Yip. The next election will play very very badly for Italy now.



I understand it is within the President's remit but it is highly unconventional and he's put his foot right in it with his justification: "I asked for... an authoritative person from the parliamentary majority who is consistent with the government programme... who isn't seen as a supporter of a line that could probably, or even inevitably, provoke Italy's exit from the euro"

Only adds to the narrative of 'Elites vs the People'.

For what it's worth, an unelected figurehead blocking a cabinet appointment whilst trying to shoehorn some grey ex-IMF bureaucrat into the role is pretty unedifying for Italian democracy (and it's seen some dark days recently. . Mario Monty anyone?).


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PostPosted: Mon May 28, 2018 6:19 am 
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Caley_Red wrote:
bimboman wrote:
Mick Mannock wrote:
bimboman wrote:
Breaking:

Italian president refuses to accept appointment of finance minister. Back to the polls for the Italians. Danger is more no forza involvement in future government at all.


Refused to accept a Eurosceptic?



Yip. The next election will play very very badly for Italy now.



I understand it is within the President's remit but it is highly unconventional and he's put his foot right in it with his justification: "I asked for... an authoritative person from the parliamentary majority who is consistent with the government programme... who isn't seen as a supporter of a line that could probably, or even inevitably, provoke Italy's exit from the euro"

Only adds to the narrative of 'Elites vs the People'.

For what it's worth, an unelected figurehead blocking a cabinet appointment whilst trying to shoehorn some grey ex-IMF bureaucrat into the role is pretty unedifying for Italian democracy (and it's seen some dark days recently. . Mario Monty anyone?).

Talk of large street protests this week. I can see this getting very emotional


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PostPosted: Mon May 28, 2018 6:48 am 
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pandion wrote:
Caley_Red wrote:
bimboman wrote:
Mick Mannock wrote:
bimboman wrote:
Breaking:

Italian president refuses to accept appointment of finance minister. Back to the polls for the Italians. Danger is more no forza involvement in future government at all.


Refused to accept a Eurosceptic?



Yip. The next election will play very very badly for Italy now.



I understand it is within the President's remit but it is highly unconventional and he's put his foot right in it with his justification: "I asked for... an authoritative person from the parliamentary majority who is consistent with the government programme... who isn't seen as a supporter of a line that could probably, or even inevitably, provoke Italy's exit from the euro"

Only adds to the narrative of 'Elites vs the People'.

For what it's worth, an unelected figurehead blocking a cabinet appointment whilst trying to shoehorn some grey ex-IMF bureaucrat into the role is pretty unedifying for Italian democracy (and it's seen some dark days recently. . Mario Monty anyone?).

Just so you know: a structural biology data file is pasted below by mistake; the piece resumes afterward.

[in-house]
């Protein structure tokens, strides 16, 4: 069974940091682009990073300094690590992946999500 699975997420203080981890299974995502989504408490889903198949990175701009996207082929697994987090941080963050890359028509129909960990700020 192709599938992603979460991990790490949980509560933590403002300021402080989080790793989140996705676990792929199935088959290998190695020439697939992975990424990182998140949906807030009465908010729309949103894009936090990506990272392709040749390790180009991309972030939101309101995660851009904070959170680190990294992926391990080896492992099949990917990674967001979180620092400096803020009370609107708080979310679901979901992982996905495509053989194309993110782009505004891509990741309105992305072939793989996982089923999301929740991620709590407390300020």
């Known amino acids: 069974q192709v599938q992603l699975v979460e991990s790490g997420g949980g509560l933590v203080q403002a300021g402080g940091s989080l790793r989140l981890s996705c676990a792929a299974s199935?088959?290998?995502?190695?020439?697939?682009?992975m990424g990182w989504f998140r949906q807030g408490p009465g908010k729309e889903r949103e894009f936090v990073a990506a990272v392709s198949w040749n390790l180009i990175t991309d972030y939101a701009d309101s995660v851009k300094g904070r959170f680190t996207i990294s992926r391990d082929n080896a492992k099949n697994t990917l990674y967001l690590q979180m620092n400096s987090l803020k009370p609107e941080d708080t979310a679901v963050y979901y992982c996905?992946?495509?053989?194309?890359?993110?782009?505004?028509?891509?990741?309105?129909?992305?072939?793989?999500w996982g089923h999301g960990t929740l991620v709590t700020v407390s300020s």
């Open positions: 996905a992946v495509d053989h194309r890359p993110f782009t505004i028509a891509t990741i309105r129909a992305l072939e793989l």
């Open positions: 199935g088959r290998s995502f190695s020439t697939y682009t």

Talk of large street protests this week. I can see this getting very emotional



In my view, the concerted efforts of the EU to temporarily dismantle a democracy when it threatens their interests lends credence to the old Gorbachev comment about them: “The most puzzling development in politics during the last decade is the apparent determination of Western European leaders to re-create the Soviet Union in Western Europe.”

I am of course assuming that Brussels has had a word with the Italian President given his above comments: Freudian slip at 'the government programme', that'll be the EU's structural reform programme I should imagine given the government programme is whatever NL and 5Star say it is as they are now the aspiring government.


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PostPosted: Mon May 28, 2018 7:12 am 
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Of course the Italian president has every constitutional right to reject the appointment. Unfortunately for Mattarella, the Italian parliament has the right to impeach him for it if they can get the votes (and with 5* and Legia working together they may well have the votes).

The contempt of democracy among the Eurocrats will be the cancer that brings the whole EU edifice down eventually.


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PostPosted: Mon May 28, 2018 7:17 am 
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village wrote:
Of course the Italian president has every constitutional right to reject the appointment. Unfortunately for Mattarella, the Italian parliament has the right to impeach him for it if they can get the votes (and with 5* and Legia working together they may well have the votes).

The contempt of democracy among the Eurocrats will be the cancer that brings the whole EU edifice down eventually.


I would expect Forza to vote with them, call it Silvio's revenge for 2011.


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PostPosted: Mon May 28, 2018 10:05 am 
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village wrote:
Of course the Italian president has every constitutional right to reject the appointment. Unfortunately for Mattarella, the Italian parliament has the right to impeach him for it if they can get the votes (and with 5* and Legia working together they may well have the votes).

The contempt of democracy among the Eurocrats will be the cancer that brings the whole EU edifice down eventually.



Well it appears that he will impose a technocrat govt until Dec and they'll have a new vote. Nothing to see here.